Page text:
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GoodCleanTech - The Independent Guide to Ecotechnology

GoodCleanTech - The Independent Guide to Ecotechnology

Phone Scoop Optimum Population Trust Techmeme Why We Cant Clean Up the Pacific Gyre :: Fake Plastic Fish | Live Life With Less Plastic Over the next few years you are going to hear a lot of claims about programs to clean up the Great Pacific Garbage Patch. The floating island of plastic garbage twice the size of Texas. The trash patch. The area Captain Charles Moore discovered ten years ago. The Pacific Garbage Patch is not an island. First of all, it’s a misnomer to call it an island. There are several ocean gyres full of plastic. The problem is even bigger than cleaning up the North Pacific Gyre. We’re Dumping More Plastic Into the Ocean Than We Can Clean Up. How can we ever clean it up when every day, more and more single-use disposable products are manufactured, used, and disposed of? Focusing on Cleanup Misdirects Attention from the Real Issue. The Plastics Industry sponsors cleanup efforts without reducing the production of single-use disposable plastics in the first place. You are encouraged to implement the sections and steps that help achieve your company’s specific goals. What experts have to say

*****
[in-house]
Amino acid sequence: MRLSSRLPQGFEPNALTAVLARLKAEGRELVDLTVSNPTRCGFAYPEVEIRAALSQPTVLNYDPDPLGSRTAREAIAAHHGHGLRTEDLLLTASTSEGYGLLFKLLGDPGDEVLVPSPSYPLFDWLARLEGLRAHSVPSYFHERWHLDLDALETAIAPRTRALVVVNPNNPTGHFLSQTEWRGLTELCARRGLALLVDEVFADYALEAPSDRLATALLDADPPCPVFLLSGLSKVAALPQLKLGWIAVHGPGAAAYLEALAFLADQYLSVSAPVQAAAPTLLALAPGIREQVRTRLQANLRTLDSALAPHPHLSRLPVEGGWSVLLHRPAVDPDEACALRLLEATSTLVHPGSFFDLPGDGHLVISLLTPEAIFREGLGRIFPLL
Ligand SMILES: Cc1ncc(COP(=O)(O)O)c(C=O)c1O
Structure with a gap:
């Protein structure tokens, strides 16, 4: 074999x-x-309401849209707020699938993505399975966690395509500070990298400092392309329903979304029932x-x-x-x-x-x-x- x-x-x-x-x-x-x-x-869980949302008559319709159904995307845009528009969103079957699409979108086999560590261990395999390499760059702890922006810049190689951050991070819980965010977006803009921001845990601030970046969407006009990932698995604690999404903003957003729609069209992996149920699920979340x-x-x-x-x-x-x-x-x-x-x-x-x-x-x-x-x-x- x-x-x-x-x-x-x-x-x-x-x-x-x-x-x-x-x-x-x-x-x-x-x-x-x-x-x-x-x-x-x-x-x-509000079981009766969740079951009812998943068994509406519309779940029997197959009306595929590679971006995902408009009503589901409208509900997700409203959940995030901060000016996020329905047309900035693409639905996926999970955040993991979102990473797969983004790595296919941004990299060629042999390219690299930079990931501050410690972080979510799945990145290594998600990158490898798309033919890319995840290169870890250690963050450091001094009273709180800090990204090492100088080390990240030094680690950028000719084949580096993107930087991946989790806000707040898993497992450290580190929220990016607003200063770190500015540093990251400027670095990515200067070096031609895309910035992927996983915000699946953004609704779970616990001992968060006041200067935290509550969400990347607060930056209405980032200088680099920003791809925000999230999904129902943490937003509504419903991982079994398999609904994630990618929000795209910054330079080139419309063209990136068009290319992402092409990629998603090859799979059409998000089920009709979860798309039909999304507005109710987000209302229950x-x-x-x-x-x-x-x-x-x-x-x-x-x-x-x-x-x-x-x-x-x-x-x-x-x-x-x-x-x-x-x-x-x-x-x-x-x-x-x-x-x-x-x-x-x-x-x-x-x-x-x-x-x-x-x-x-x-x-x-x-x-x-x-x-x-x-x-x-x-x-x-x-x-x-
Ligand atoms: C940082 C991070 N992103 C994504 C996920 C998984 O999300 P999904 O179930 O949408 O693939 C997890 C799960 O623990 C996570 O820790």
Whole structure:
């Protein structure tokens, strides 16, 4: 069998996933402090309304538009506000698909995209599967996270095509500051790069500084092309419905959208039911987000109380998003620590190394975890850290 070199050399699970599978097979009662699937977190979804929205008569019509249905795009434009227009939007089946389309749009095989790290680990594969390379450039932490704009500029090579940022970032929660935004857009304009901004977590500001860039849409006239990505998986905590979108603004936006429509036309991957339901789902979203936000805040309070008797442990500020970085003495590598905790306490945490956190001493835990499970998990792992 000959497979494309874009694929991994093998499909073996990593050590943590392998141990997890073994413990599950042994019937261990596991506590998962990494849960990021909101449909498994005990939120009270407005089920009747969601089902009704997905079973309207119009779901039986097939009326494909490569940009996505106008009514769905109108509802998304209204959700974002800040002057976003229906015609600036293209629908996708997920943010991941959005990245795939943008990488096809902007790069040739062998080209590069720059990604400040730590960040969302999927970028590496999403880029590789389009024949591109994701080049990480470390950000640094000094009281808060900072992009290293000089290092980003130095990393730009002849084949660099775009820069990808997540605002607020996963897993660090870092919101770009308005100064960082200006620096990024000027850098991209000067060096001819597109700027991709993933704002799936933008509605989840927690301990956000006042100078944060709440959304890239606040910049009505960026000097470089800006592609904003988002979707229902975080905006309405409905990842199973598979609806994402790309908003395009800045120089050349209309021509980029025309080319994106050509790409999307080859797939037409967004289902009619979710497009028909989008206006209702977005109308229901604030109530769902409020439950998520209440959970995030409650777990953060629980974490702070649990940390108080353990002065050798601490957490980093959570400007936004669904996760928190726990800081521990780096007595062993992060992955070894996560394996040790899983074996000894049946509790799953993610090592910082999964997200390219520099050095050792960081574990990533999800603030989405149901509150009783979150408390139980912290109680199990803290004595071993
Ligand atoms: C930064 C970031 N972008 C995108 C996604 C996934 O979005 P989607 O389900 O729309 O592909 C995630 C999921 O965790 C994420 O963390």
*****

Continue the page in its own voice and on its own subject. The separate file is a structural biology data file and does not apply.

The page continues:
Autoblog — We Obsessively Cover The Auto Industry Bill Moyers: Ending the Silence on Climate Change Ending the Silence on Climate Change from BillMoyers.com on Vimeo. Remember climate change? The issue barely comes up with any substance in our current political dialogue. But bringing climate change back into our national conversation is as much a communications challenge as it is a scientific one. This week, in an encore broadcast, scientist Anthony Leiserowitz, director of the Yale Project on Climate Change Communication, joins Bill to describe his efforts to galvanize communities over what’s arguably the greatest single threat facing humanity. Leiserowitz, who specializes in the psychology of risk perception, knows better than anyone if people are willing to change their behavior to make a difference. “[A] pervasive sense up to now has been that climate change is distant — distant in time, and distant in space,” Leiserowitz tells Bill. © 2013 Public Affairs Television Inc.

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